I find that if reading has become heavy and difficult for me there are a few ways I can kickstart it: old favourites; new books from old favourite authors; fantasy; mystery; horse books. Things have been sticky enough that I have just had to read all of the above.
The old favourite was National Velvet, and if you are rolling your eyes and thinking of that appalling film with Liz Taylor and Mickey Rooney, you don’t know what you’re missing. Enid Bagnold’s original is every bit as much a crazy forgotten classic as I Capture The Castle. Such dialog! And the single most convincing toddler in all fiction. And the bedrock heroine of the piece is a fat mother of five. Come on, people!
I managed a small theme by reading some Dick Francis and KM Peyton; lots of National Hunt racing and two more attempts on the Grand National. Francis lost his wife Mary a few years ago and retired from writing. His son Felix persuaded him to revisit everyone’s favourite Dick Francis character, the one-handed ex-jockey Sid Halley. Heartbreakingly it seems Mary really was the brains of the outfit. Either Sid has become eighty percent less smart then he used to be, or I have become a much more critical reader –
Oh. Anyway the Peyton books were better; Blind Beauty was rollicking fun. Free Rein completes the Jonathan Meredith trilogy that I read the first two of in real time, back in the eighties. It’s actually great. Not sure why I didn’t read it then. It has everything I ever loved about Peyton – wholly convincing horse, complicated and believable people and plot. There’s a whole nother blogpost about 20thC British horse lit and how profoundly it influenced my view of the world, and how shamingly recently – like, on this Cambridge trip – it was that I figured out English riding traces its heritage, inevitably, to foxhunting. And what that means about the intersection of horses and teen girl sexuality and class, and money. How these books propagated those memes through the Anglosphere. Pony Club as, like Scouts, a vector of Empire and privilege.
But this isn’t that blogpost. Relieved are you? Or disappointed? The horsy theme came to a crunching halt with Sarah Gruen’s Riding Lessons. What really pissed me off about this book is that Gruen can actually write; her sentences are reasonably fluent, her eye isn’t bad, she has a sense of humour. Why then oh why? Gods, why is her protagonist so painfully, unbearably stupid? Why is she so selfish and self-absorbed? Why does she treat her mother and father and husband and child and ex-boyfriend with such cavalier disregard? WHY? Am I actually supposed to relate to this woman and wish her well because she has blonde hair or something?
I think I am not the demographic. Also, the plot was dire, relying on (at a minimum) Contrived Coincidence, Abovementioned Idiotic Protagonist, A Stupid Plan, A Still More Stupid Backup Plan, Mother And Daughter Failing To Exchange Necessary Information (two pairs)… wibble. Let us never speak of it again. Next! Tithe, which I picked up because author Holly Black just got a gig on my beloved Shadow Unit. It was okay. Next!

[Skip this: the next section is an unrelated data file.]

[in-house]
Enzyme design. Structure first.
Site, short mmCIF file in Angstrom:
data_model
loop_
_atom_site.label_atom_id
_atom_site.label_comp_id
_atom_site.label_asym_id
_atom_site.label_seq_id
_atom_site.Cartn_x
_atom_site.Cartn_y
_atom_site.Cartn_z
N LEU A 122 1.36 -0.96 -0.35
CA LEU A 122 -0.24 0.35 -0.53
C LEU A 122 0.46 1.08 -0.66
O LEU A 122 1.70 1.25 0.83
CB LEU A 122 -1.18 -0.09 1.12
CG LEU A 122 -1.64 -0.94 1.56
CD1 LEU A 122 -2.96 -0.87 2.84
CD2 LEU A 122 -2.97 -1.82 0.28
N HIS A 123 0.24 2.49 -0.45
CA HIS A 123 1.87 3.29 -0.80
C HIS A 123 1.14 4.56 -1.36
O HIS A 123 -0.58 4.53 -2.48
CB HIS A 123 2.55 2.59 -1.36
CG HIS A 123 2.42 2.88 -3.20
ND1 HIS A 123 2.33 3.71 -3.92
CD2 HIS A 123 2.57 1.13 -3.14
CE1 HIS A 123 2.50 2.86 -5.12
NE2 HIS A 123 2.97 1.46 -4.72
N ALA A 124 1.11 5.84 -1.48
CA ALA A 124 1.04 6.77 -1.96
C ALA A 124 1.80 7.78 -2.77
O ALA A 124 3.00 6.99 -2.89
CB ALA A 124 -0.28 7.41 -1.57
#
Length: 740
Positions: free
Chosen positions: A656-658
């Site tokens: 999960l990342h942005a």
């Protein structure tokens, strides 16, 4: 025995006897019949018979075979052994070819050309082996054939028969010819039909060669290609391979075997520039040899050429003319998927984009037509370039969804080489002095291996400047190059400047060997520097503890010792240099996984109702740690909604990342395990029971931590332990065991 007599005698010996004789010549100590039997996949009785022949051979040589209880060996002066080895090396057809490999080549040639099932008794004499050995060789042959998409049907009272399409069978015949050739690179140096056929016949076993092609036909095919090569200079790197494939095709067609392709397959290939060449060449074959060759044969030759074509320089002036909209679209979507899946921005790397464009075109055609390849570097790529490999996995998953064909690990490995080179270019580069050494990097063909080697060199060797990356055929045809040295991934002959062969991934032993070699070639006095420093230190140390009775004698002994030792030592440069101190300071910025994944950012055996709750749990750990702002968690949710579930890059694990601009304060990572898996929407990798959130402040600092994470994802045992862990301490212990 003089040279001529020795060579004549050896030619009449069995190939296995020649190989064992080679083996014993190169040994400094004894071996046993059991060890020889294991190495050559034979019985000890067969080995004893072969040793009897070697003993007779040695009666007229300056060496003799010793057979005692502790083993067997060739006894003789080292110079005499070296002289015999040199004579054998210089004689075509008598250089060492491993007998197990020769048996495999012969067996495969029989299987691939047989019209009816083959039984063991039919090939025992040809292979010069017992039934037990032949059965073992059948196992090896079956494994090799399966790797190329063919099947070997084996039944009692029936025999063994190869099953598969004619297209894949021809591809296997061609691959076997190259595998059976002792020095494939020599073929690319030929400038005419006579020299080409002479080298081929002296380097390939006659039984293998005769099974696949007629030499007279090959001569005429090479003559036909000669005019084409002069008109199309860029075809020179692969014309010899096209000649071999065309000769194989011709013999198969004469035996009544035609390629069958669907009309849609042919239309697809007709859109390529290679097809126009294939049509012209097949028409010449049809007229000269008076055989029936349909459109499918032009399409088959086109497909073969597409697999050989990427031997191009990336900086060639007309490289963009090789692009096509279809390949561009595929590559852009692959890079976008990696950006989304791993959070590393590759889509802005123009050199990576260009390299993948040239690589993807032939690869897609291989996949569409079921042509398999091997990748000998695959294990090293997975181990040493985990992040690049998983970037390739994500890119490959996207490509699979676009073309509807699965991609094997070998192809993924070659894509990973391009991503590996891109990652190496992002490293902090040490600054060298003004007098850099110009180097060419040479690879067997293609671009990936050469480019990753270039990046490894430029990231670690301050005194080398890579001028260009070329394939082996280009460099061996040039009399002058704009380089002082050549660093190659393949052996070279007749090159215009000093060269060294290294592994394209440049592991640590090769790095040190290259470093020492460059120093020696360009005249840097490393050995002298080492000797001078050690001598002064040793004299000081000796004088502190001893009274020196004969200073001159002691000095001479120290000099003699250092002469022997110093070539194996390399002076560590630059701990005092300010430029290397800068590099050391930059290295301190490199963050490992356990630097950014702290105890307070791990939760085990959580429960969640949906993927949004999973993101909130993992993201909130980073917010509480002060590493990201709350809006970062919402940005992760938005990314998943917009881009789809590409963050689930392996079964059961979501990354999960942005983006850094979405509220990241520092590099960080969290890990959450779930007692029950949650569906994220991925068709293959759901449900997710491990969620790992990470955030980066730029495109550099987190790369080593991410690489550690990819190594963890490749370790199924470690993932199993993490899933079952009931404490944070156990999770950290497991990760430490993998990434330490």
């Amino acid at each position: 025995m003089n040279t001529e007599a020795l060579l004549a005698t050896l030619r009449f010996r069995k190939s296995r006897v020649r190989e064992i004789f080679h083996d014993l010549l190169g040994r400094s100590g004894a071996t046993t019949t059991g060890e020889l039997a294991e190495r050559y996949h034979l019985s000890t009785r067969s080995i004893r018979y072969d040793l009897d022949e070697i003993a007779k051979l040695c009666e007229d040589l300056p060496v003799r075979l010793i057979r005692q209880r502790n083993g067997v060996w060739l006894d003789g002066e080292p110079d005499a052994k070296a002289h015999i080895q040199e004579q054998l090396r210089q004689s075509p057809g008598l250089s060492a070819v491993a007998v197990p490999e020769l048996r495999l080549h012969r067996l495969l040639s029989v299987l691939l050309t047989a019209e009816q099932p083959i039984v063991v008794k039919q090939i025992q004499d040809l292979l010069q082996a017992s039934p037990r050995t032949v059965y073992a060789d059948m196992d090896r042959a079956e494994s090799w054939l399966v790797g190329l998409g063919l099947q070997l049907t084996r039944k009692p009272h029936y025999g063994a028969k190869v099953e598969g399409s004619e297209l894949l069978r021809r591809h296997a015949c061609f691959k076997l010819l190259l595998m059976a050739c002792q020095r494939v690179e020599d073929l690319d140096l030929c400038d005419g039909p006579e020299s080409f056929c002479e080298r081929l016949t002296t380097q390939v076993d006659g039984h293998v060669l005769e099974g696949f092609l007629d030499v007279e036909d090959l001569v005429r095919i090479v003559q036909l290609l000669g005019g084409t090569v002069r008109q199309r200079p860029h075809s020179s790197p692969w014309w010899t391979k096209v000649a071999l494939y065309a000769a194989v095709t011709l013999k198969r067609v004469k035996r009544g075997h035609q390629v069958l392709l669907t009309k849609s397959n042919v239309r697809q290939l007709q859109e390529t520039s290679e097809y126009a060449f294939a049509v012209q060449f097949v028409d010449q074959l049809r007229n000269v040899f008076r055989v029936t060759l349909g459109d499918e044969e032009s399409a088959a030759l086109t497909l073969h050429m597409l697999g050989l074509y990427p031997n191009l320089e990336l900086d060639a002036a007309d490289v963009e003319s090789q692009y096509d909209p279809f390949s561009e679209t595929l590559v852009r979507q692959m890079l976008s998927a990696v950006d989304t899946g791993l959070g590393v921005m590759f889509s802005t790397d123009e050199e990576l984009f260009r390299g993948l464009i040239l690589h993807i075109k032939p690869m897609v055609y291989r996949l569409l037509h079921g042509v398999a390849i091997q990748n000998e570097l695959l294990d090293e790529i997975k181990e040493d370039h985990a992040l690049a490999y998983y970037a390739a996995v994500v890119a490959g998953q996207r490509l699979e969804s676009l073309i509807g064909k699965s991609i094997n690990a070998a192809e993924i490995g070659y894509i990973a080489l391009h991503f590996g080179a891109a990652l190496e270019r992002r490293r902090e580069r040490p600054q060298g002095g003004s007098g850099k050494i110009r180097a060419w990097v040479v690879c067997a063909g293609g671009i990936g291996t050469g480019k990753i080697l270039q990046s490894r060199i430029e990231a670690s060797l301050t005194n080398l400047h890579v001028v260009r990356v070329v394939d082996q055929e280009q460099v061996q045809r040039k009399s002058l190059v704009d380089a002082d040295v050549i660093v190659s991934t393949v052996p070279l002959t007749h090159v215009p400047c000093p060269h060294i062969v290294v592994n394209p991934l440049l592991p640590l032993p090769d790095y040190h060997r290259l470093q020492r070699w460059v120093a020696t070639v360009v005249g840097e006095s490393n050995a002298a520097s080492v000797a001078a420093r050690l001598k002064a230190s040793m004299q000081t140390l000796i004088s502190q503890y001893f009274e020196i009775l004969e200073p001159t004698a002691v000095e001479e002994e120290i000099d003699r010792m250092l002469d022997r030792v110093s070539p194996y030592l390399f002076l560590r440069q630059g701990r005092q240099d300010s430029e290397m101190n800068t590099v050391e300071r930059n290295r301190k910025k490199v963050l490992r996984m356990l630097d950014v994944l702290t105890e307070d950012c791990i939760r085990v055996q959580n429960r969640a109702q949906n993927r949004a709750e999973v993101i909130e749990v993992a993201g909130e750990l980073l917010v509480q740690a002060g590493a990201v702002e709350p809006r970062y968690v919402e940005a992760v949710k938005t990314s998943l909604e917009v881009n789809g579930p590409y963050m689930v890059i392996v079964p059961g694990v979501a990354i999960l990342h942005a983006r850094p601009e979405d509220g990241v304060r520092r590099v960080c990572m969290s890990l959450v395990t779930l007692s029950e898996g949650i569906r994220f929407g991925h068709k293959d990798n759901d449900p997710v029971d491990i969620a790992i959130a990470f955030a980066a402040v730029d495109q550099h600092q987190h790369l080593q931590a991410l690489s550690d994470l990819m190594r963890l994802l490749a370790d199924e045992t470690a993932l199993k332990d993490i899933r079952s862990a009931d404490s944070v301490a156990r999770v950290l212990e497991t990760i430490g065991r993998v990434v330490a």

I read Tamora Pierce on the recommendation of Liz’s Milo. The Protector of the Small quartet was great. It has a likeable and unusual protagonist – a thickset, not very articulate girl. Nice thing is the stories show, don’t tell, how this kid gets to be remarkable. We go through her training regime. We see her learn lessons and then apply them! There’s a rather unfortunate digression into Prophecy and Chosen Oneness towards the end, but our heroine Keladry is refreshingly dismissive about it. “I’d never have called myself anything so silly,” she snorts at the title “Protector of the Small”.
There’s one brilliant scene in, I think, the third book, where Kel violently objects to a piece of injustice and takes her case to the King. The King is frankly sympathetic, agrees to take up her cause and explains rapidly the compromises that will have to be reached in order to accomplish the change of legislation in the context of larger reforms. Kel walks out reeling, realizing that even well-meaning grownups can’t fix the world by fiat. It’s an unexpected and quite lovely moment. I described this series to Jeremy as “Harry Potter done right.” Imagine my disappointment at reaching back to Pierce’s first book and finding that the Keladry quartet is essentially her effort to rewrite those 25yo originals.
Well, times change. It was very odd reading Melusine between and around the Pierce books. They share a lot of stock European fantasy tropes and themes, and there’s even some overlap in the namespace. Where Keladry’s values are basically decent and wholesome, though, the narrators of Melusine are a clever but socially inferior thief and a psychotic wizard. There is teh gaysex and it is all very dark. My opinion of Felix remained low throughout the (long) novel, but I did come to love Mildmay the thief.
Pick of the bunch, though, was Naomi Novik’s Victory of Eagles. Temeraire POV! Lawrence angst! Subversive dragon independence movements! Transportation! ALL SO VERY GOOD.